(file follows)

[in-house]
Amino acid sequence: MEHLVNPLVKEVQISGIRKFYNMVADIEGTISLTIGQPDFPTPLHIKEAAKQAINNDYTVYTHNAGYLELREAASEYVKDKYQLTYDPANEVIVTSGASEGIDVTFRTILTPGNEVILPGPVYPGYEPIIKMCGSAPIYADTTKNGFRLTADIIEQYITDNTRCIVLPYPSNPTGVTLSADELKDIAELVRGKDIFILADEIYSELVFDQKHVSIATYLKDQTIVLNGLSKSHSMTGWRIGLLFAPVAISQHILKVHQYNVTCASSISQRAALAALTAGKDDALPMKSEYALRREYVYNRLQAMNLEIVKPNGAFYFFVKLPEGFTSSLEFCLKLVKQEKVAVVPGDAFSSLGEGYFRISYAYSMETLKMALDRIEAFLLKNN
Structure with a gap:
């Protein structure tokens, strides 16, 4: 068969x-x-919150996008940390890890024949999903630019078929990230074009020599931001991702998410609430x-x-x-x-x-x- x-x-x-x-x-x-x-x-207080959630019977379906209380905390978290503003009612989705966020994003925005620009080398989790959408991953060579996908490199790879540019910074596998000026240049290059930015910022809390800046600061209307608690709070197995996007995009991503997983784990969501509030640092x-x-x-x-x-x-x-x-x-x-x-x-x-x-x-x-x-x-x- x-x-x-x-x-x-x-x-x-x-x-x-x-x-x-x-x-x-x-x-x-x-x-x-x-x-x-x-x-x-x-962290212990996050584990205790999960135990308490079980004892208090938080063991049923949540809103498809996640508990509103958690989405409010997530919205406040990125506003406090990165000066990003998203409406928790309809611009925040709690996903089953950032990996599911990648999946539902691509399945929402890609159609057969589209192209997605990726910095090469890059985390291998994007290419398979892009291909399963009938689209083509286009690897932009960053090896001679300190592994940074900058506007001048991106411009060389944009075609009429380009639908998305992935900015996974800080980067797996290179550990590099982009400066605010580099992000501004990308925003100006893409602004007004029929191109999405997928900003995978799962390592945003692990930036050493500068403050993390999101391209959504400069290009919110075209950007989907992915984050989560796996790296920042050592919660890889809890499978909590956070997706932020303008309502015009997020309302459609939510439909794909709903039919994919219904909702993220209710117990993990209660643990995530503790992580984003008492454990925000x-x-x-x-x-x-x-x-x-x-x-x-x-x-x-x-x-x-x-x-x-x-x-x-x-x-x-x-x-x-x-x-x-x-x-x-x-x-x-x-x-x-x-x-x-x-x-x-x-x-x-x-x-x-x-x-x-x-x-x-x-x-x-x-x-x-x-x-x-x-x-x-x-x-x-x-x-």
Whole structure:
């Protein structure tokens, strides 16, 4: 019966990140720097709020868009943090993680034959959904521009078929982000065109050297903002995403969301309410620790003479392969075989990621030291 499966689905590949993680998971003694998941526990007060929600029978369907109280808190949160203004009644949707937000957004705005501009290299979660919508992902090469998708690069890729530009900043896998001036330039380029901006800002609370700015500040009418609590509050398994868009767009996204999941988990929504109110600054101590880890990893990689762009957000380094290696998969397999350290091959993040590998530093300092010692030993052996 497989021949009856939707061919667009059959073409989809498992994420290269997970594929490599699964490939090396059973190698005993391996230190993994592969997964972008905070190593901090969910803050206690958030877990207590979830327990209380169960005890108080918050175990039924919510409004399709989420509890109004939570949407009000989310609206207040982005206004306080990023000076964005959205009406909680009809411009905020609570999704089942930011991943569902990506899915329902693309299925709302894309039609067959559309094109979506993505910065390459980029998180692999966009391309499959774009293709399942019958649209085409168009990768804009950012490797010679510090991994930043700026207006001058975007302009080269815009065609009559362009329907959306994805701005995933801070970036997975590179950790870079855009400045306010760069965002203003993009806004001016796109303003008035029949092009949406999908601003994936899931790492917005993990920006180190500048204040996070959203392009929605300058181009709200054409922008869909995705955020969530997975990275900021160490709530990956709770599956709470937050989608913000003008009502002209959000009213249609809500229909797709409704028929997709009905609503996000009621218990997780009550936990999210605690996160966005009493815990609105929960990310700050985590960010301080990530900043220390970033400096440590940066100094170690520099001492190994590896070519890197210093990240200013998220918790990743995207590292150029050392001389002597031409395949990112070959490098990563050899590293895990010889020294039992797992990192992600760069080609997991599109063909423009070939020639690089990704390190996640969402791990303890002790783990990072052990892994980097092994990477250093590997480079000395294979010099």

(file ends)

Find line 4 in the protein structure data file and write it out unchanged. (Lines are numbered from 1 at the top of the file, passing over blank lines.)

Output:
């Protein structure tokens, strides 16, 4: 068969x-x-919150996008940390890890024949999903630019078929990230074009020599931001991702998410609430x-x-x-x-x-x- x-x-x-x-x-x-x-x-207080959630019977379906209380905390978290503003009612989705966020994003925005620009080398989790959408991953060579996908490199790879540019910074596998000026240049290059930015910022809390800046600061209307608690709070197995996007995009991503997983784990969501509030640092x-x-x-x-x-x-x-x-x-x-x-x-x-x-x-x-x-x-x- x-x-x-x-x-x-x-x-x-x-x-x-x-x-x-x-x-x-x-x-x-x-x-x-x-x-x-x-x-x-x-962290212990996050584990205790999960135990308490079980004892208090938080063991049923949540809103498809996640508990509103958690989405409010997530919205406040990125506003406090990165000066990003998203409406928790309809611009925040709690996903089953950032990996599911990648999946539902691509399945929402890609159609057969589209192209997605990726910095090469890059985390291998994007290419398979892009291909399963009938689209083509286009690897932009960053090896001679300190592994940074900058506007001048991106411009060389944009075609009429380009639908998305992935900015996974800080980067797996290179550990590099982009400066605010580099992000501004990308925003100006893409602004007004029929191109999405997928900003995978799962390592945003692990930036050493500068403050993390999101391209959504400069290009919110075209950007989907992915984050989560796996790296920042050592919660890889809890499978909590956070997706932020303008309502015009997020309302459609939510439909794909709903039919994919219904909702993220209710117990993990209660643990995530503790992580984003008492454990925000x-x-x-x-x-x-x-x-x-x-x-x-x-x-x-x-x-x-x-x-x-x-x-x-x-x-x-x-x-x-x-x-x-x-x-x-x-x-x-x-x-x-x-x-x-x-x-x-x-x-x-x-x-x-x-x-x-x-x-x-x-x-x-x-x-x-x-x-x-x-x-x-x-x-x-x-x-």